Pecorino – from Cheese to Wine

Pecorino – from Cheese to Wine

Pecorino the cheese
If you are a bit familiar with Italian cheese, hearing someone say Pecorino will immediately make you think of goat cheese. And yes, that’s correct. Pecorino is an Italian DOP hard and a bit salty cheese made from goat milk. Literally translated the name means “small sheep”. The name is derived from the Italian “Pecora” (Sheep), and the diminutive suffix “-ino” (creating the meaning “small”).

There are at least six different types of Pecorino cheese, the most common one being Pecorino Romano. Thanks to its storage capacity, it once was staple food for the Roman legions – which gives you an idea of how old the tradition of making this cheese actually is.

Pecorino Sardo (to the right)

Furthermore, you have the Pecorino Sardo (also called Fiore Sardo) from Sardinia, less salty and richer in comparison with the Romano type. From the central parts of Italy, there is also Pecorino Toscano. From the south, there is Pecorino Siciliano, Pecorino di Filiano (from Basilicata), and Pecorino Crotonese.

However, there’s more to the name Pecorino than first meets the eye. Pecorino is also a wine grape variety.

Pecorino the Wine Grape
The wine grape Pecorino is thought to be native to Italy’s central eastern region Marche. It is also grown in the neighbouring region Abruzzo, which reports the largest plantings with a focus on Chieti, Pescara, and Teramo. In Marche, the largest plantings are found in Ascoli-Piceno (south of the regional capital Ancona, famous for its Verdicchio wines).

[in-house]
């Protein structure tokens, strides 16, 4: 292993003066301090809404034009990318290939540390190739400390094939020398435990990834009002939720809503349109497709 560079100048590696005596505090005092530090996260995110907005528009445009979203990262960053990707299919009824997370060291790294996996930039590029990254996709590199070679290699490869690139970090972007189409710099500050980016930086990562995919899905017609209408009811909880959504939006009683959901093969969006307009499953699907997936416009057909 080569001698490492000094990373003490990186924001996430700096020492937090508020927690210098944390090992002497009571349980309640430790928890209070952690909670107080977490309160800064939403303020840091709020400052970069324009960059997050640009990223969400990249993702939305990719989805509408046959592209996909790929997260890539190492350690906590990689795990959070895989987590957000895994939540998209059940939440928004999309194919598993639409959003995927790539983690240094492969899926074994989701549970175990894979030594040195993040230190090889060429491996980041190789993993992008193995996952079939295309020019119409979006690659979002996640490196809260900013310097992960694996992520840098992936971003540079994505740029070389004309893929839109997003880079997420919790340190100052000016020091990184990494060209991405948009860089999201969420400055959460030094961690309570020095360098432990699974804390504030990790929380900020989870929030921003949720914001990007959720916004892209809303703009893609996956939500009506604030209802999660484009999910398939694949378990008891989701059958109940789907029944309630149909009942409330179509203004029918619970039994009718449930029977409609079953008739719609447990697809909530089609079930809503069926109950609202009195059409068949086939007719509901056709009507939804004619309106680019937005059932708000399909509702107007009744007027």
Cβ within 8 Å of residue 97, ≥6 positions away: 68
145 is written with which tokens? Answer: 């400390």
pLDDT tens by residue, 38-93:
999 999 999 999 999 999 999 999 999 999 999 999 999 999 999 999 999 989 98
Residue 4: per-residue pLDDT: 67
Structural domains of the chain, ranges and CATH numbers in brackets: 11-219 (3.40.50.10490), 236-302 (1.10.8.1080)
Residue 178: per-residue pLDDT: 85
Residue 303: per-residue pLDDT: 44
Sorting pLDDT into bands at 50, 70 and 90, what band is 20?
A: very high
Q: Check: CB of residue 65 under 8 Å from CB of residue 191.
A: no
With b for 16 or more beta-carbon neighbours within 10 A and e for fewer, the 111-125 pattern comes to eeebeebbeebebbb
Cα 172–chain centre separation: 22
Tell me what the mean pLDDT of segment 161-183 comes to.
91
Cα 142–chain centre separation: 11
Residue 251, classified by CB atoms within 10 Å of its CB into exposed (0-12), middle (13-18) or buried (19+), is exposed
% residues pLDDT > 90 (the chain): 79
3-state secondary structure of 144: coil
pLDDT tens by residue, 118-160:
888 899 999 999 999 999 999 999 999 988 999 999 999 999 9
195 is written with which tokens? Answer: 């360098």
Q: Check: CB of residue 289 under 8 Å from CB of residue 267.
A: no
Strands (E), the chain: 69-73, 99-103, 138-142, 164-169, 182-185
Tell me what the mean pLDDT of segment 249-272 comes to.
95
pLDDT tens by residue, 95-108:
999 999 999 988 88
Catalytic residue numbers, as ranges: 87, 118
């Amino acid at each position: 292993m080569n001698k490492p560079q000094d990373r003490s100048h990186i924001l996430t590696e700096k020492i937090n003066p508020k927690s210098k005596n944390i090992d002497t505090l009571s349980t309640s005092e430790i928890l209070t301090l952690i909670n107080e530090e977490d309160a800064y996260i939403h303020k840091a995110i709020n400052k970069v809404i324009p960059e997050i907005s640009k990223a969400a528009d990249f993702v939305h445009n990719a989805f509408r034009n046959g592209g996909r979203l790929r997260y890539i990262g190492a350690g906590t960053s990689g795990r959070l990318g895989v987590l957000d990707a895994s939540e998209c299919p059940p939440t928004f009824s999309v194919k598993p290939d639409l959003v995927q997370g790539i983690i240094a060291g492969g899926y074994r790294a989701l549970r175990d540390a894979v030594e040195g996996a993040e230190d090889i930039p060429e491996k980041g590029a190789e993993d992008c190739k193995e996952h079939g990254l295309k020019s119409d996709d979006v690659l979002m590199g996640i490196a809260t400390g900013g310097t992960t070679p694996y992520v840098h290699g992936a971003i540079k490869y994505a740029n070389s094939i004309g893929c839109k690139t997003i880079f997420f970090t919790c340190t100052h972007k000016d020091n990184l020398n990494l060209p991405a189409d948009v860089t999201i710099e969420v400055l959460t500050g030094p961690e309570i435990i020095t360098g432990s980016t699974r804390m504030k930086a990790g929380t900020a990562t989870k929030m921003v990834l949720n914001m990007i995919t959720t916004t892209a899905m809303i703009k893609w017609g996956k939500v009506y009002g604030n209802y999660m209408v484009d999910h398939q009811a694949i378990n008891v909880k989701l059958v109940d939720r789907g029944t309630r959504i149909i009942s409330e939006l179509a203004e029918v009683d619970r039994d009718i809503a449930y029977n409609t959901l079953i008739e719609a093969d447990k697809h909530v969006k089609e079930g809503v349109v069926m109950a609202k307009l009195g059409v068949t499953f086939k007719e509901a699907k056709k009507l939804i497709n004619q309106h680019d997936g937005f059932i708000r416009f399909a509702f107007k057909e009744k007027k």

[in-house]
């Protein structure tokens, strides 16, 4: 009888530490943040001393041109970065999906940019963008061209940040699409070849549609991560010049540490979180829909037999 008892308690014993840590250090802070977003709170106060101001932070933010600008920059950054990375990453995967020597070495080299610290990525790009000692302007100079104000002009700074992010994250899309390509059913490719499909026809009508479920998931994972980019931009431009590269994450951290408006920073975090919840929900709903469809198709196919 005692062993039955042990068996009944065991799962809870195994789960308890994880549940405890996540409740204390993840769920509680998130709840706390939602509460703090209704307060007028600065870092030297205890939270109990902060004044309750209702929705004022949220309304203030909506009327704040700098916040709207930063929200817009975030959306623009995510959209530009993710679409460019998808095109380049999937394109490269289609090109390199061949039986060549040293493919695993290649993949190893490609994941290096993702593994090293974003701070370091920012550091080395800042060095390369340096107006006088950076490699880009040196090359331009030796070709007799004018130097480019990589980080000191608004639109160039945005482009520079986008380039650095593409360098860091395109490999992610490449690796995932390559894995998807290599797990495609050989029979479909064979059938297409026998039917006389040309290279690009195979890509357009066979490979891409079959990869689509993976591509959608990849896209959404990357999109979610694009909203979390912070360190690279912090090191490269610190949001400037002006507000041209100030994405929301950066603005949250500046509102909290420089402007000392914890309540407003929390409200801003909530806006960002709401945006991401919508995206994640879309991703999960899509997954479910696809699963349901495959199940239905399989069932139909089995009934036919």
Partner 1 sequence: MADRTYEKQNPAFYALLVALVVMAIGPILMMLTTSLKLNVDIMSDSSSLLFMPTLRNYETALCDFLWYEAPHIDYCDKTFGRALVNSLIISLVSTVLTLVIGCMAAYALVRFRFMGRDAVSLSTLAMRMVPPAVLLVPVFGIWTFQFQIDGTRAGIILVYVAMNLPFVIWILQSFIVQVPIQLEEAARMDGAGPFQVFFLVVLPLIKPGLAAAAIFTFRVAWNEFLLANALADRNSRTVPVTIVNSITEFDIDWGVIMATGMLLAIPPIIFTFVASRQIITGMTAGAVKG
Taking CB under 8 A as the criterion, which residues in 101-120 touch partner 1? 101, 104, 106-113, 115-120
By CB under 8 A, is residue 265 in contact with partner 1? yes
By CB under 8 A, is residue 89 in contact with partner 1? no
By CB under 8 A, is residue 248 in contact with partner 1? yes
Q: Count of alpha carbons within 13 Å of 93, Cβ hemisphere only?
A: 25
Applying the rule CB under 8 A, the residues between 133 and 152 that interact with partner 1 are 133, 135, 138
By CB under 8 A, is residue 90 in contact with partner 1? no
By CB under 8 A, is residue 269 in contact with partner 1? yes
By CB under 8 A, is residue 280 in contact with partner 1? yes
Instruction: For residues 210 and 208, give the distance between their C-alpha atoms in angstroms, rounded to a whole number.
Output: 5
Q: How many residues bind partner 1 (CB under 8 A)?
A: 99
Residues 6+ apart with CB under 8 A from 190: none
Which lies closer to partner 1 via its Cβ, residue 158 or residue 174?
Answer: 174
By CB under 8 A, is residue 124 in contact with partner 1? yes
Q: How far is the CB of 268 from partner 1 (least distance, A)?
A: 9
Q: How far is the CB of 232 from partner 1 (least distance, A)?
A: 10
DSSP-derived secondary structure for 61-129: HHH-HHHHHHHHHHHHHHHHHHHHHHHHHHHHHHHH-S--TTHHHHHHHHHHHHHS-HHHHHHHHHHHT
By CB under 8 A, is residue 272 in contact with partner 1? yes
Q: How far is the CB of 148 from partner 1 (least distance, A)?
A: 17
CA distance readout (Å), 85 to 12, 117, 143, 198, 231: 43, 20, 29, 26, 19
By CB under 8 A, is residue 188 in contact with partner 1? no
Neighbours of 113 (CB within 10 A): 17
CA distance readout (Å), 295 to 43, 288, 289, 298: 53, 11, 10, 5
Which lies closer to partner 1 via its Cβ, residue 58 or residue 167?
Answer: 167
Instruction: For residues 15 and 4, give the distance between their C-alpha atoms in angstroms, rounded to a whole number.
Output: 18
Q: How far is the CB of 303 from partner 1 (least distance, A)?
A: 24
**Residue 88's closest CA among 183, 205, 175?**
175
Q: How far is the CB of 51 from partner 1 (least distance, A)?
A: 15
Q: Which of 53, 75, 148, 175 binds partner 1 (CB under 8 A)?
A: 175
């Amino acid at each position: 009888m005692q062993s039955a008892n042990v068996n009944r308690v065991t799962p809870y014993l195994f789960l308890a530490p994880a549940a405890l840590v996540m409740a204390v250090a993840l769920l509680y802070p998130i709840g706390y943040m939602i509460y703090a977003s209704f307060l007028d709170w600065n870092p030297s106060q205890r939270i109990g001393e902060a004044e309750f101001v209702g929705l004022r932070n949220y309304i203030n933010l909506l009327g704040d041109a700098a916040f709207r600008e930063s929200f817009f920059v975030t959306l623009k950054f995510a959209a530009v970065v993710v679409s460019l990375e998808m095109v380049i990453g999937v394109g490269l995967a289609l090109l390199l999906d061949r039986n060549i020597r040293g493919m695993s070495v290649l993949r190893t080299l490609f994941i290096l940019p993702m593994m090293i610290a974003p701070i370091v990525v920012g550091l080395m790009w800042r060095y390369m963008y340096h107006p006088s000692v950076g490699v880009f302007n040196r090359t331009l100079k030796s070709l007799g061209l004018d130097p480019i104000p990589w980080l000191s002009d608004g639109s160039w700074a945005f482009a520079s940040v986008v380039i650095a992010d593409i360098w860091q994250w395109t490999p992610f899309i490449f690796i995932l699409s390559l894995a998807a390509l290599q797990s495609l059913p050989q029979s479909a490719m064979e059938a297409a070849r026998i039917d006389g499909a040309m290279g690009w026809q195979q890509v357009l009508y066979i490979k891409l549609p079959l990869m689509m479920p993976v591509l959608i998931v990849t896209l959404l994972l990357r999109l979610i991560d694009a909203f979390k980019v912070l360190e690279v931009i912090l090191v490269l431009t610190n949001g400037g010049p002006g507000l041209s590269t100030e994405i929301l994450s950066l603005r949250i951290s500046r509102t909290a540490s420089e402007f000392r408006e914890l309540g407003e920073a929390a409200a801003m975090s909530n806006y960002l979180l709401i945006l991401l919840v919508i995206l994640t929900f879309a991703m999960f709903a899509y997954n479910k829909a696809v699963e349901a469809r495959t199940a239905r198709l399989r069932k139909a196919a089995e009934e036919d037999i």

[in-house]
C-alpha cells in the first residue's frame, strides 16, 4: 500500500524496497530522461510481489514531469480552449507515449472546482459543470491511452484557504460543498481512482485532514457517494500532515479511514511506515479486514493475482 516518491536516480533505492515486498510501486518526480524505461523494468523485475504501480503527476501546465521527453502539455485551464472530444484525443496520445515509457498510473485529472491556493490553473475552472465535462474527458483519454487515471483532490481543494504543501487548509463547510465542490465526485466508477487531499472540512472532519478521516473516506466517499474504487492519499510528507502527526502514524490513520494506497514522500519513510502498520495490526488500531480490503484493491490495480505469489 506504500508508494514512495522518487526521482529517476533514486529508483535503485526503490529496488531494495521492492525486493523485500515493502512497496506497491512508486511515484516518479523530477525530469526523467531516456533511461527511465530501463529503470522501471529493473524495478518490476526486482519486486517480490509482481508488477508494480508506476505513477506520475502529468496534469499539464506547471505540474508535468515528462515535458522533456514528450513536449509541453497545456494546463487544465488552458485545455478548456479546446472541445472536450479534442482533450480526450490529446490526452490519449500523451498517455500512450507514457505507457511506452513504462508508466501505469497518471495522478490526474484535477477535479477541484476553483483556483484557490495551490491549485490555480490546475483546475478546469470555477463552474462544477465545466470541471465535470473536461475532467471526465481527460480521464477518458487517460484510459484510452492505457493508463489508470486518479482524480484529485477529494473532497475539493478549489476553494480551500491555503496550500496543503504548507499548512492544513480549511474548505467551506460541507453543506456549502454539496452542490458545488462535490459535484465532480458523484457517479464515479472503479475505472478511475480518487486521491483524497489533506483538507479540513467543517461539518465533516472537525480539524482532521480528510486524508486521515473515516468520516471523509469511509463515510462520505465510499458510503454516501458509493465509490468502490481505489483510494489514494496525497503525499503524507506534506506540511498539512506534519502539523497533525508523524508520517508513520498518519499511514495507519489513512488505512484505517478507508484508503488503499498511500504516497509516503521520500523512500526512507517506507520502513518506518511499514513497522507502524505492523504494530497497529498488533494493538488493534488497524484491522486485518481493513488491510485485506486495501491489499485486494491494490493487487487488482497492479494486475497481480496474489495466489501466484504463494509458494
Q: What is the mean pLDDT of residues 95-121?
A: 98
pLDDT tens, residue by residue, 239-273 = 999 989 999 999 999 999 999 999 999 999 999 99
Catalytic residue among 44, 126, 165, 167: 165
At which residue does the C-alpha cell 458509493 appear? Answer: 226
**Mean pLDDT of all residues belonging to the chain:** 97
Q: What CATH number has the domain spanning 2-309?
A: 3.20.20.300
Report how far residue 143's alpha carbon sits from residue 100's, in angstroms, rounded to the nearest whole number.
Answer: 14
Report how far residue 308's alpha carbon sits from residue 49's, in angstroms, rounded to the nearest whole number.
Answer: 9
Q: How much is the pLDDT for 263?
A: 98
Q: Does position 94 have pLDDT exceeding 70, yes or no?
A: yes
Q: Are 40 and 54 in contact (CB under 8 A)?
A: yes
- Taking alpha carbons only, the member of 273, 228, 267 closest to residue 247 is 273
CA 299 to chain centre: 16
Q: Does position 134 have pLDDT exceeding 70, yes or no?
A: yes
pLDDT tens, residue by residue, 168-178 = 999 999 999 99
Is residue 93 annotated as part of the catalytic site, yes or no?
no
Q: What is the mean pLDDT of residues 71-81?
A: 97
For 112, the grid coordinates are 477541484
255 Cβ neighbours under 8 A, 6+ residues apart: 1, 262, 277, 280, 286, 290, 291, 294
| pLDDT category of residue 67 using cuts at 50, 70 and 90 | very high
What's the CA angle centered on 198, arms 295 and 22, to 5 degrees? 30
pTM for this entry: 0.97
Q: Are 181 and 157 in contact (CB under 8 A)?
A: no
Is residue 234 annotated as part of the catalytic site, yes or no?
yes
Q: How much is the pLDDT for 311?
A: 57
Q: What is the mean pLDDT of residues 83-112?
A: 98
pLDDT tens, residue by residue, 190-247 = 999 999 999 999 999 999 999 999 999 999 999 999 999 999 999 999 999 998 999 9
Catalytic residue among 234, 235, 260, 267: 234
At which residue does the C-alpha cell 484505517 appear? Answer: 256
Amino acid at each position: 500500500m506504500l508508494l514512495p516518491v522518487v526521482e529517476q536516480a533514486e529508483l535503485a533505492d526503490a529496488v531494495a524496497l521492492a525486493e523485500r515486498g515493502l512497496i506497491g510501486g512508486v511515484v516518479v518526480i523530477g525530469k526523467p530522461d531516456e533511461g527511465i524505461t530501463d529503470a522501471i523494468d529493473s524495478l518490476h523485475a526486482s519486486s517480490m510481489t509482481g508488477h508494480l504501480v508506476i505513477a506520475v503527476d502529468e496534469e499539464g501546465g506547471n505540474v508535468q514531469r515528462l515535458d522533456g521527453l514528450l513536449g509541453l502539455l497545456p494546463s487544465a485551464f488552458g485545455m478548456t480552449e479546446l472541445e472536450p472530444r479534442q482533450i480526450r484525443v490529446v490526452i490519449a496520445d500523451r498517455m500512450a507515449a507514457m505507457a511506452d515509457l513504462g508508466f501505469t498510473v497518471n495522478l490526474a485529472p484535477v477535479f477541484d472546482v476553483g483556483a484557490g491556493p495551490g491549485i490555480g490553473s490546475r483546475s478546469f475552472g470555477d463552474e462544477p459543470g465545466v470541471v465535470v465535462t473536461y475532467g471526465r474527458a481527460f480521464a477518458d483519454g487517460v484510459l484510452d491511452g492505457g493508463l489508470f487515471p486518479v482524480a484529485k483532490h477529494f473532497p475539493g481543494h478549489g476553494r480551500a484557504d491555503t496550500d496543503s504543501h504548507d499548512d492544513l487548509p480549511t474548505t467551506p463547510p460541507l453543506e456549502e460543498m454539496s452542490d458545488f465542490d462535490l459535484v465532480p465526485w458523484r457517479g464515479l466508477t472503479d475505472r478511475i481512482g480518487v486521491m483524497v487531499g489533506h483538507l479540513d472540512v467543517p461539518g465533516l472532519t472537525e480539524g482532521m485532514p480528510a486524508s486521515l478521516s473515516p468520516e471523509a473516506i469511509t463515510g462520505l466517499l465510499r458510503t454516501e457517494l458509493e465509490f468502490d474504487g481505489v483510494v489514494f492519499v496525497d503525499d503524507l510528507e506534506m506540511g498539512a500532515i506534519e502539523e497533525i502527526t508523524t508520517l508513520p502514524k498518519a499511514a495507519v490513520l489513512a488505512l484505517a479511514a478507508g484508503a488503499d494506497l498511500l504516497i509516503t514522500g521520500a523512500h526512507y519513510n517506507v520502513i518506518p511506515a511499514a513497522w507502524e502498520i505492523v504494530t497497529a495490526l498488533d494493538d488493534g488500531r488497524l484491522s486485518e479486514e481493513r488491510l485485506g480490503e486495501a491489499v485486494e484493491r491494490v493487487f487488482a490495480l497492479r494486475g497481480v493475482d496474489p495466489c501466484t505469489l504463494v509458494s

Harvested Pecorino grapes

Pecorino for a while was thought to be extinct. It was “discovered” again and has grown rapidly in popularity over the last fifteen years.

If the wine grape has any link to sheep, the story is that sheep ate the grapes when having managed to enter a vineyard. However, the story doesn’t explain why this variety got the name – as most likely also other varieties were equally interesting to the animals.

Pecorino is a grape that comes with naturally high levels of both sugar and acidity, making it a very interesting grape for wine makers. It is interesting as the sugar and acidity combination makes it versatile. It will more easily lend itself to produce different kinds of wine, compared to a variety that is only high in sugar or in acidity.

The high acidity means that Pecorino wines commonly are dry and fresh, even with a touch of minerals. High sugar content leads to high levels of alcohol, 13 – 13,5% is common. Flavours are typically flowery and you might pick up a hint of anise in there as well.

The wine’s freshness makes it a very nice companion to a hard, salty cheese, for example a Pecorino Romano, or Parmesan. It will also be nice with various fish dishes, as well as with roasted chicken dishes.

Sunset in Ascoli-Piceno, Marche, Italy

The best expressions of dry varietal Pecorino wines you can expect to find in the Offida DOCG. Offida is a small municipality some one-hundred kilometres south of Ancona (the regional capital). It is situated in the typical hilly landscape of Marche, a bit inland, but still with a view of the sea.

If you haven’t tasted a Pecorino wine, try to get hold of one. This grape is worth a try.

Anders Hytter

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